“I think Delegate Ali may have some issues like most of us do, but that is definitely not the answer,” she said. “I don’t think he fully understands what he’s saying but I will definitely talk to Del. Ali.”
Other city lawmakers were not as dismissive.
Lester Davis, spokesman for City Council President Bernard C. “Jack” Young, said the concept is worth discussing given the recent corruption exposed.
“It’s something people will need to consider carefully,” Davis said. “Given what has come out of the trial, it’s not something that can be easily dismissed.”
“We have to be thoughtful and practical in our approach because community safety is the single most important function of government,” Ferguson said. “There’s no way we can go back to business as usual.”
Ali’s idea is based on Camden, N.J., the once crime-plagued city of 75,000 across the Delaware River from Philadelphia. In 2012, the city’s 67 homicides put it fifth in the nation in per-capita killings.
The following year, facing a budget crisis and pressure from New Jersey officials, the city disbanded its police force and rebuilt it with a new name: the Camden County Police Department. The new entity offered lower pay but was able to pick city officers it wanted to retain. The department also transformed its crime-fighting strategy to focus on “community policing.”
Lou Cappelli, the Camden County elected official who led the effort to rebuild the department, said the 400-officer force has focused on putting more officers on the streets and has required them to go door to door to introduce themselves, walk beats and ride bicycles. In 2015, then-President Barack Obama called the shift a national model.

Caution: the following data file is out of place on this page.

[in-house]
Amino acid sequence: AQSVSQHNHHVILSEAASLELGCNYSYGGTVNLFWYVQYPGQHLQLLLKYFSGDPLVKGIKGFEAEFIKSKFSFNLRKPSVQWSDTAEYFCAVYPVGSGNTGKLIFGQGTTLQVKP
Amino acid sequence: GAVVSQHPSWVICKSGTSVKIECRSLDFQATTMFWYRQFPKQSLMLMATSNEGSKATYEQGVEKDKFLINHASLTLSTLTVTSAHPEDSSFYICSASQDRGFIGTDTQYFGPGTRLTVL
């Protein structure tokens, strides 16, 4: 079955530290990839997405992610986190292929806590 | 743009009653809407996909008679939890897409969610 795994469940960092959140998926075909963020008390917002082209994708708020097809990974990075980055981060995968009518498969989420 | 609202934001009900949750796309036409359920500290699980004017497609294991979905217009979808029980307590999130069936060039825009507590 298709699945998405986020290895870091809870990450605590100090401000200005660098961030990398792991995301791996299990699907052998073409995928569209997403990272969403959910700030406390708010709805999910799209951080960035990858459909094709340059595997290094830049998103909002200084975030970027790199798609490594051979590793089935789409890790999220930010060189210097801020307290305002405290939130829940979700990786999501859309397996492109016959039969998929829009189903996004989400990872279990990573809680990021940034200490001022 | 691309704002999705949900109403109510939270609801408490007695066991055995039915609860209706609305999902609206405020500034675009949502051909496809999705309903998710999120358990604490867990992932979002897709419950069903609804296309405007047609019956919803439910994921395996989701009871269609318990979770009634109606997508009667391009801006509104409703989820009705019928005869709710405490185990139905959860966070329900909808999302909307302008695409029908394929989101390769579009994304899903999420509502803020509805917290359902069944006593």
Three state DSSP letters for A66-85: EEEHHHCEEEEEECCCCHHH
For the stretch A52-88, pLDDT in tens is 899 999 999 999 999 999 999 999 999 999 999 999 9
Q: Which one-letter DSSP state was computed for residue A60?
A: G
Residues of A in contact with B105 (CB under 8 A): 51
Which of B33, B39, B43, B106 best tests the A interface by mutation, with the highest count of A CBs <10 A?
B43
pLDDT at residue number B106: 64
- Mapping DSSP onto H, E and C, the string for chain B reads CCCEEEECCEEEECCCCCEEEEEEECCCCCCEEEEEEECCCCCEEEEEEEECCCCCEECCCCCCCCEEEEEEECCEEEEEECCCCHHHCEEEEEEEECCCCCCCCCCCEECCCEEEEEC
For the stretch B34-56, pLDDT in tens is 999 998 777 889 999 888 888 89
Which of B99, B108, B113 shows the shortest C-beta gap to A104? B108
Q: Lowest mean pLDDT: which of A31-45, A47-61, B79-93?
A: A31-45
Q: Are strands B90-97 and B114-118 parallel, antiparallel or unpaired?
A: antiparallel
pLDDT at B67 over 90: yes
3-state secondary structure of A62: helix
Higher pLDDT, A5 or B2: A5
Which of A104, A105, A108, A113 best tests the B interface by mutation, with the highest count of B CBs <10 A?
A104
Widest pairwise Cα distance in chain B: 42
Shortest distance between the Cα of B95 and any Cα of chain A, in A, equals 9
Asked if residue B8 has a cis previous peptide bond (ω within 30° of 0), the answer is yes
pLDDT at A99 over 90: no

“Residents used to be afraid of the police, they didn’t trust the police,” Cappelli told The Baltimore Sun. “That has changed dramatically.”
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But Cordner said he’s not aware of any cities that have followed Camden’s lead. He noted that Camden also was on the brink of financial collapse and was under pressure from the state to take action.
“It seems to me it was a relatively unique situation,” Cordner said. “The stars must have aligned.”
Camden is also much smaller than Baltimore and part of its surrounding county’s governance structure, he said.
Cordner said disbanding Camden’s force was also seen as a form of “union-busting” — something police labor groups in Maryland would likely oppose.
Eugene O’Donnell, a professor at New York’s John Jay College of Criminal Justice, said there is little proof that disbanding Camden’s department helped reduce crime. The move was a way to eliminate a dysfunctional agency, shifting to a cheaper model by firing officers and rehiring them at lower pay, he said.
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Maria Haberfeld, another John Jay professor, said the best way forward for Baltimore “is about creating new standards and adhering to them.”
“You have to follow up and make sure you hire the right people, supervise them correctly and discipline them properly,” Haberfeld said.
Pugh said the consent decree mandates reforms that she is confident will change the police department’s culture and practices. The jobs of the decree’s federal monitor and community oversight panel are to assure those reforms are “fully implemented in a way that ultimately renews the trust and confidence of our citizens,” a Pugh spokesman said in an email.
Ali did not back down from his idea.
“We have to put all the options on the table,” Ali said. “I don’t buy into that ‘just a few bad apples’ theory.”